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Obama must offer a 'grand deal' with Iran on its nuclear program

The current trajectory is headed toward a violent endgame, writes this former spokesman for Iran's nuclear negotiators. The Obama administration needs a new engagement policy with Iran that brings an end to 33 years of a failed 'diplomacy plus pressure' policy dubbed as 'dual-track.'


Iranian President Mahmoud Ahmadinejad speaks at a ceremony in Iran's nuclear enrichment facility in Natanz, April 9, 2007. Op-ed contributor Seyed Hossein Mousavian says it's encouraging that President Ahmadinejad 'recently stated that the now politicized dispute over Iran’s nuclear program should be resolved by direct talks between Iran and the United States.'

Hasan Sarbakhshian/AP/file

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For Iran, the nuclear crisis has become the most important national security and foreign policy challenge since the Iran-Iraq war in the 1980s.

The country may not be losing hundreds of thousands of soldiers and civilians to a hot war. But it is enduring the most severe sanctions in its history, foreign assassinations of its scientists, and international pressure that has shaken the foundation of its relations regionally, and with Western and Eastern powers. It would not be unrealistic to conclude that Iran has already paid the price for a nuclear bomb.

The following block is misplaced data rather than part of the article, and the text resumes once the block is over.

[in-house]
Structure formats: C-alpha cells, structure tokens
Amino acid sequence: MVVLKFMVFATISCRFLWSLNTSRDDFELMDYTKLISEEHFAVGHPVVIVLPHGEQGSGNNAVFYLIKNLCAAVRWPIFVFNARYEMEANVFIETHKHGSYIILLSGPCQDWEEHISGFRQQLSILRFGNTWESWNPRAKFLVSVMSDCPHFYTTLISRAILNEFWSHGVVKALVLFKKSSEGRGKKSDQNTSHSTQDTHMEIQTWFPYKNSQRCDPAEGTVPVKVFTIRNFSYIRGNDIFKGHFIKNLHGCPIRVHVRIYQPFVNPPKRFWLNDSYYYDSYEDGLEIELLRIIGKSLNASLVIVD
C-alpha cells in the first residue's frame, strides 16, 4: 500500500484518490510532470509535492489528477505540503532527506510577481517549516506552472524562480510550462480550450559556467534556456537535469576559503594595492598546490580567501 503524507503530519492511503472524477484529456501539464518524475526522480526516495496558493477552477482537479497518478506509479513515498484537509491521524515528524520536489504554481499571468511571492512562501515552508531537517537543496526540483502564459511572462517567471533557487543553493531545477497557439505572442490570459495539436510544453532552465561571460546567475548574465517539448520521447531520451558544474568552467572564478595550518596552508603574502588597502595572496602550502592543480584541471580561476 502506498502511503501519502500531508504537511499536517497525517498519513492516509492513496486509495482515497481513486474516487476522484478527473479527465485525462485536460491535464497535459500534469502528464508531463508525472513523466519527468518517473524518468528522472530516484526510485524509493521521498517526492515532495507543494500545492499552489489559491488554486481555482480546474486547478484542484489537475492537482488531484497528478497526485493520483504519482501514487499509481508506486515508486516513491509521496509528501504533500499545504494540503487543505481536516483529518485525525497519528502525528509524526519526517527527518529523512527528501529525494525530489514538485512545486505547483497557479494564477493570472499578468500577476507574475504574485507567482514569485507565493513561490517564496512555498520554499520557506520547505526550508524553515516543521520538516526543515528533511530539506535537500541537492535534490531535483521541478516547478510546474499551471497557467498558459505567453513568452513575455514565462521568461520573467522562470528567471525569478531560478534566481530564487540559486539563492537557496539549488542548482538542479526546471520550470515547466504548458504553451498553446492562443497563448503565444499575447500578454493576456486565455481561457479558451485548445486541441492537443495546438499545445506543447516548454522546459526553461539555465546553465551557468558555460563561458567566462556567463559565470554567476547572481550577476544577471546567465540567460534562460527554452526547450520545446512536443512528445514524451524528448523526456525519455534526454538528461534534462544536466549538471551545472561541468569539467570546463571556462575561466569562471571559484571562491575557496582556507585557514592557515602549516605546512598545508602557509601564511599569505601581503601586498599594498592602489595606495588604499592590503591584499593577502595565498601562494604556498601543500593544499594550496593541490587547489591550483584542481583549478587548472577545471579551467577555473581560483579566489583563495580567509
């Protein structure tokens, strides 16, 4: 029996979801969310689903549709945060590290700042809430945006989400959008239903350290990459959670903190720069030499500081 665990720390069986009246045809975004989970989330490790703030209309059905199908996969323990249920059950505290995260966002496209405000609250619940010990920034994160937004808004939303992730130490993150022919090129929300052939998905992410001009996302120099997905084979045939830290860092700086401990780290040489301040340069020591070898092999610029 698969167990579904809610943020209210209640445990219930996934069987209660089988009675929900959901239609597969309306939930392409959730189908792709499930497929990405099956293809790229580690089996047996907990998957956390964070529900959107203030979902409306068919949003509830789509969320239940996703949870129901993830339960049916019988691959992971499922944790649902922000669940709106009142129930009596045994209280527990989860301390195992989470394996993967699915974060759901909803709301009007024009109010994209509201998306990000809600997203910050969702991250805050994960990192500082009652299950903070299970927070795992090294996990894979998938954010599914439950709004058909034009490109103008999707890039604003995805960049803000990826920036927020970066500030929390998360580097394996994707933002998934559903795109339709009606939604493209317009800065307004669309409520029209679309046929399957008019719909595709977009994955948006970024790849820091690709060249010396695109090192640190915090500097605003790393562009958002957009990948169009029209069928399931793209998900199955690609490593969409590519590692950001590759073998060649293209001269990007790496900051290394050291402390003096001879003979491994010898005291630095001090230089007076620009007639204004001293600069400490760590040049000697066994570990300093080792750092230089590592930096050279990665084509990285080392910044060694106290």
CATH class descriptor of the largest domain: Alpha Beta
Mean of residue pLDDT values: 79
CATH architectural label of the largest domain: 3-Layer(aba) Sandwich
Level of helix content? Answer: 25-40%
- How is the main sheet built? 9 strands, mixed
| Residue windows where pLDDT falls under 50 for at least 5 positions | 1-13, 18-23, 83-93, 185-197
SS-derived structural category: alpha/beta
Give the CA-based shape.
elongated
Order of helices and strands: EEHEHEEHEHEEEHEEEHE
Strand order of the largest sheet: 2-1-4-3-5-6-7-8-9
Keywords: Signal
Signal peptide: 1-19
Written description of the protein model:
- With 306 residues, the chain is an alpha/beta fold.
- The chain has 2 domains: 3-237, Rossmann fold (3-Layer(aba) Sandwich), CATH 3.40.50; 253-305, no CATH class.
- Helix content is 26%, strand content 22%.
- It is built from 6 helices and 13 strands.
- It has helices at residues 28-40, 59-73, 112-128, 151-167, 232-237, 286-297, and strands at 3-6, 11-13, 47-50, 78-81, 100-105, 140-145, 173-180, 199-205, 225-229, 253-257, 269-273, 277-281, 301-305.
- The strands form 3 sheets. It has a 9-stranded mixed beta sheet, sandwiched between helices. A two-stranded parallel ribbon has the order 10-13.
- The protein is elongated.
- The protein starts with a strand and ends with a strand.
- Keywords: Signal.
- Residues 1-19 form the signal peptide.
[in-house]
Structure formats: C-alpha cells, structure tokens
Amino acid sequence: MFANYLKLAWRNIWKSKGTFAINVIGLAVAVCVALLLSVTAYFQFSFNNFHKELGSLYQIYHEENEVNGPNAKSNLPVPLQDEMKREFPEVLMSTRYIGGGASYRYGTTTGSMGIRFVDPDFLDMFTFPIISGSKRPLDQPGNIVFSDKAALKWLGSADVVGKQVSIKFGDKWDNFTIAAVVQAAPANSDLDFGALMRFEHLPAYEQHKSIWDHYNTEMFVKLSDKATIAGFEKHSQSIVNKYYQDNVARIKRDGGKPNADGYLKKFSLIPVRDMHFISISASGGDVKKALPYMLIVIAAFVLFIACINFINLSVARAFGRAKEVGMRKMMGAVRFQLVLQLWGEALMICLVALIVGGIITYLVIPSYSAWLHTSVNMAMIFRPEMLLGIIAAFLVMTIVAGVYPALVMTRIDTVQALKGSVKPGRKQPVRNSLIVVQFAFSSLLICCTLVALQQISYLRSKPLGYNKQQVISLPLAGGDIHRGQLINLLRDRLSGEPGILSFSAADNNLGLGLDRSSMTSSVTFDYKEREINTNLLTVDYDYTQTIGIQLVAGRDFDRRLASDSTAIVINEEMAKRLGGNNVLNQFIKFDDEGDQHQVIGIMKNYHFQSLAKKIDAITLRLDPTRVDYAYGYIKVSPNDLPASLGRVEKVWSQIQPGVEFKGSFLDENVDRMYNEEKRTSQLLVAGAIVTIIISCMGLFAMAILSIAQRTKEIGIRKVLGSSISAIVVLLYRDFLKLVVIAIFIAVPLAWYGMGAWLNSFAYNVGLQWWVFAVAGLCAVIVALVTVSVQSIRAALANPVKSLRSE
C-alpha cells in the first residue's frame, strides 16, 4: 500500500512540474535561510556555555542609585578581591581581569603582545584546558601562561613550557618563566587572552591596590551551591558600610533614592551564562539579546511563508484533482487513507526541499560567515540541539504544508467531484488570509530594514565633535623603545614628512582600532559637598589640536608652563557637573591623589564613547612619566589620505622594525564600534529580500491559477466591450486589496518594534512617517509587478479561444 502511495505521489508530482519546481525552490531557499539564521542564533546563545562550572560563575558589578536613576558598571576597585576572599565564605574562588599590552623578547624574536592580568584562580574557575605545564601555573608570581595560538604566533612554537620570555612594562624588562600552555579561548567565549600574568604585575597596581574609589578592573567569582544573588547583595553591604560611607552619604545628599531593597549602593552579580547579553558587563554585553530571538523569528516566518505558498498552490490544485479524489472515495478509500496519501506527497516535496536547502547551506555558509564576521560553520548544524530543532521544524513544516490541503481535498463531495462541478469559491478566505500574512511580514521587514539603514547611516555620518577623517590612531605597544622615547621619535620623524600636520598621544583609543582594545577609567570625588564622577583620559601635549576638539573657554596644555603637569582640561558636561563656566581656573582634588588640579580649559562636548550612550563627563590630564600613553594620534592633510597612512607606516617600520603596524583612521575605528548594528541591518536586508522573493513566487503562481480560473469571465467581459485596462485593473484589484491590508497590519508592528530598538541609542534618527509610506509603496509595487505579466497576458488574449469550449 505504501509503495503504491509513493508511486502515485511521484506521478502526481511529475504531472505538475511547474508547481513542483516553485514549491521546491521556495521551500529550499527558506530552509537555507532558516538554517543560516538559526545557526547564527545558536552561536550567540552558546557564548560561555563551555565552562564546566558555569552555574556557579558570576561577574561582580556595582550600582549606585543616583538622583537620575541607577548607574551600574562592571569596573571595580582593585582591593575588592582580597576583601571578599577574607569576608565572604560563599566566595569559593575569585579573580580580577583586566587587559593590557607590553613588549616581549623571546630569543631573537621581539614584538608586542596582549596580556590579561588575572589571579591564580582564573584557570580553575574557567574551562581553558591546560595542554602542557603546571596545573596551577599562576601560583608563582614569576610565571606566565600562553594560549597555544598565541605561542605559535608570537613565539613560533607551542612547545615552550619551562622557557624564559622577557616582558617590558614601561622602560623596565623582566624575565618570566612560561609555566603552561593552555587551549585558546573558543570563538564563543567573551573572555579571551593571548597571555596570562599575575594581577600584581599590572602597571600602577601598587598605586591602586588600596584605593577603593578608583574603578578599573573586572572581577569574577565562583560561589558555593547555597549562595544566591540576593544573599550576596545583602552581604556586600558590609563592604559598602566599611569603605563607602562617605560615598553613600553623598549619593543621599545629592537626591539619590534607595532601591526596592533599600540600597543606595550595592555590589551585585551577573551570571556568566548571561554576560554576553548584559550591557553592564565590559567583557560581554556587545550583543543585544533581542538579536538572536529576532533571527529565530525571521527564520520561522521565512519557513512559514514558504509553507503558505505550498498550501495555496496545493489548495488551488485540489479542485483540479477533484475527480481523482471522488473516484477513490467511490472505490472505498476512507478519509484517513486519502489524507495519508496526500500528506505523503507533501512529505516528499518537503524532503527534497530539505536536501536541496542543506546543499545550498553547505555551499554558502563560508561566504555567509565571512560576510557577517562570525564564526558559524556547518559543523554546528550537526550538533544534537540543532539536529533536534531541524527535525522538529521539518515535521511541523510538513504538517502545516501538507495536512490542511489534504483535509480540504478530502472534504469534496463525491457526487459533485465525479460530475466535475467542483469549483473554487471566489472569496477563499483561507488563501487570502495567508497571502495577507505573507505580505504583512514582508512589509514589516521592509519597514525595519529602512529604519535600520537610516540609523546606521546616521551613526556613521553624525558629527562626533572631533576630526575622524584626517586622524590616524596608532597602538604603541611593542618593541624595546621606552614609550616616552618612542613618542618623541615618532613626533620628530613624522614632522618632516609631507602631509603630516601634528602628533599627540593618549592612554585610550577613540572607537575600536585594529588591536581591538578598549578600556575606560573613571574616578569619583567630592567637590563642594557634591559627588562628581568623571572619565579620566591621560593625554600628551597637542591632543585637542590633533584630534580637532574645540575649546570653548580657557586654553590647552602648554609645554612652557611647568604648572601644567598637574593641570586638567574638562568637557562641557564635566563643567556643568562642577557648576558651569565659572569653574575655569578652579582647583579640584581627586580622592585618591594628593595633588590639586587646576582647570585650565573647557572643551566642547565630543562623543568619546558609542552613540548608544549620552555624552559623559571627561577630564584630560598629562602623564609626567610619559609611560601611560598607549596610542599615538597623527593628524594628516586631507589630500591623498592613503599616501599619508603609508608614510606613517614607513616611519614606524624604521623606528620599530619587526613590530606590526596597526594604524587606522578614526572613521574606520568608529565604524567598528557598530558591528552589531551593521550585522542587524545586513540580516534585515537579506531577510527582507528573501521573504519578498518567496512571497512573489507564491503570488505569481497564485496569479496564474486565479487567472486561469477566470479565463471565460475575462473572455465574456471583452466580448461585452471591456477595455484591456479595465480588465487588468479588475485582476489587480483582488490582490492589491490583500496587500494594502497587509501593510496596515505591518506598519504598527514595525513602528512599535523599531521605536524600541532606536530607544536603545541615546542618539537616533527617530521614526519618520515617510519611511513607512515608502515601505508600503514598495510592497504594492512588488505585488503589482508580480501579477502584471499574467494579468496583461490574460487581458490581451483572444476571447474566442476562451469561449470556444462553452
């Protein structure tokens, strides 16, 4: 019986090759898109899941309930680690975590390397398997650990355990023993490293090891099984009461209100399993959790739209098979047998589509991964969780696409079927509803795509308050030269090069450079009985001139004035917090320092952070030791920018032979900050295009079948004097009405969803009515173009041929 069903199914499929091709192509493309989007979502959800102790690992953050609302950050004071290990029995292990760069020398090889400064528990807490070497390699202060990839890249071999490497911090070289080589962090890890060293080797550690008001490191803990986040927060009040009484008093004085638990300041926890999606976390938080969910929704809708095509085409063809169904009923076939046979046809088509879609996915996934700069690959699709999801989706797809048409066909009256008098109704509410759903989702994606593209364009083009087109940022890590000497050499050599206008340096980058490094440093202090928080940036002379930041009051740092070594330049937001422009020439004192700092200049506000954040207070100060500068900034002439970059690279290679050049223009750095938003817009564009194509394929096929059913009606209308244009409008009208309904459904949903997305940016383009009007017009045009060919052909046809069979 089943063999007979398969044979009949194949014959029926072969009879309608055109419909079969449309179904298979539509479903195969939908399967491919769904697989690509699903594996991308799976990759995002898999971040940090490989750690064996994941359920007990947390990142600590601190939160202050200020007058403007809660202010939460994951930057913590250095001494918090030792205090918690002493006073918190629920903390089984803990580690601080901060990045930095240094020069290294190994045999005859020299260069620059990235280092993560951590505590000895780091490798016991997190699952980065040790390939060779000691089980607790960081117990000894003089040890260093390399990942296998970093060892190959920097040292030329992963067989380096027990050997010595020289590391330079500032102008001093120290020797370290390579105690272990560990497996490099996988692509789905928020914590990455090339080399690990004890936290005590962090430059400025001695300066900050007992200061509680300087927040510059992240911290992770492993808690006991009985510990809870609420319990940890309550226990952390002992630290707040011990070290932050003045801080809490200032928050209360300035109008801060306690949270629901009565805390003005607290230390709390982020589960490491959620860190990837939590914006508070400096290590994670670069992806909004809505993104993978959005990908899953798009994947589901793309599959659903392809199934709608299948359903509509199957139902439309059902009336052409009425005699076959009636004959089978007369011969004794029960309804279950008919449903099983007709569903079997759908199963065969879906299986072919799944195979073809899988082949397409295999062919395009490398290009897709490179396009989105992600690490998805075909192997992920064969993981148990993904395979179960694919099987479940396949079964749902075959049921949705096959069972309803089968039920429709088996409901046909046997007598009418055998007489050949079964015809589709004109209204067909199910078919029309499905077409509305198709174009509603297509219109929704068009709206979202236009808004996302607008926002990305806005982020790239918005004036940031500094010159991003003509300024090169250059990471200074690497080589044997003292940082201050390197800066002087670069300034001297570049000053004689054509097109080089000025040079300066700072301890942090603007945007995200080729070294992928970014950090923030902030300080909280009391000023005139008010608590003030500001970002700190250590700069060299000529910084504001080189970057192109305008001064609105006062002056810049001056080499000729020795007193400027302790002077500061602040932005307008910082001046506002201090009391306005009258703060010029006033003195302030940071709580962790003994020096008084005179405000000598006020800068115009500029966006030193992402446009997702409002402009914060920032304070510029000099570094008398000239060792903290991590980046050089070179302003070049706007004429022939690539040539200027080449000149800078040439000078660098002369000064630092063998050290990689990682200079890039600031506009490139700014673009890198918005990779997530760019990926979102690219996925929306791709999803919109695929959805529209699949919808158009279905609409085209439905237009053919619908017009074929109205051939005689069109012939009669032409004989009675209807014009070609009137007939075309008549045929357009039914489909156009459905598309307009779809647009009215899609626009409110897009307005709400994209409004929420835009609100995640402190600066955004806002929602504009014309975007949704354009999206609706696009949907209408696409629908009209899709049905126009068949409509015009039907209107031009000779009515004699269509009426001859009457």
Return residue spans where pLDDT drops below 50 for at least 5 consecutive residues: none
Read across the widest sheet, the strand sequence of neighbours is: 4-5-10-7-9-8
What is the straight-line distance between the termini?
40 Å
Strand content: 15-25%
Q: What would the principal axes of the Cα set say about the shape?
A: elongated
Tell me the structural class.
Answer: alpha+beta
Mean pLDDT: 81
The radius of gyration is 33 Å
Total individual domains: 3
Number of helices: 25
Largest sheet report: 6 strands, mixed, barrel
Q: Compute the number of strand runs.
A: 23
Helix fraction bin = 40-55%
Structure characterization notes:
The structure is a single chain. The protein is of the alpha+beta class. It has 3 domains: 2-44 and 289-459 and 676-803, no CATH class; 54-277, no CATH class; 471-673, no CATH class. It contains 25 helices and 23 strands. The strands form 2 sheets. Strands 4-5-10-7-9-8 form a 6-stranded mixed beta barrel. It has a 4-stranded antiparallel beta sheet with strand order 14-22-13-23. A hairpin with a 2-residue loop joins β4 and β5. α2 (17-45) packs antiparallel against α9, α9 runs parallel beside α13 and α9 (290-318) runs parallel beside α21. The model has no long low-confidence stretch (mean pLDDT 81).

And yet Iran has not relinquished its uranium enrichment rights under the Non Proliferation Treaty, and instead has become more resolute and defiant. Today it has about 10,000 nuclear centrifuges and has mastered uranium enrichment to the 20-percent grade level – defying the UN Security Council and the West by bringing its enrichment capacity to a “point of no return.” 

With both sides scoring such high points, this duel could be interpreted as a win-win game, with the West squeezing Iran as never before and Iran’s nuclear program continuing on. I would suggest, however, it is really a lose-lose one, with a trajectory headed toward a violent endgame. This, though, can be avoided with a grand deal.


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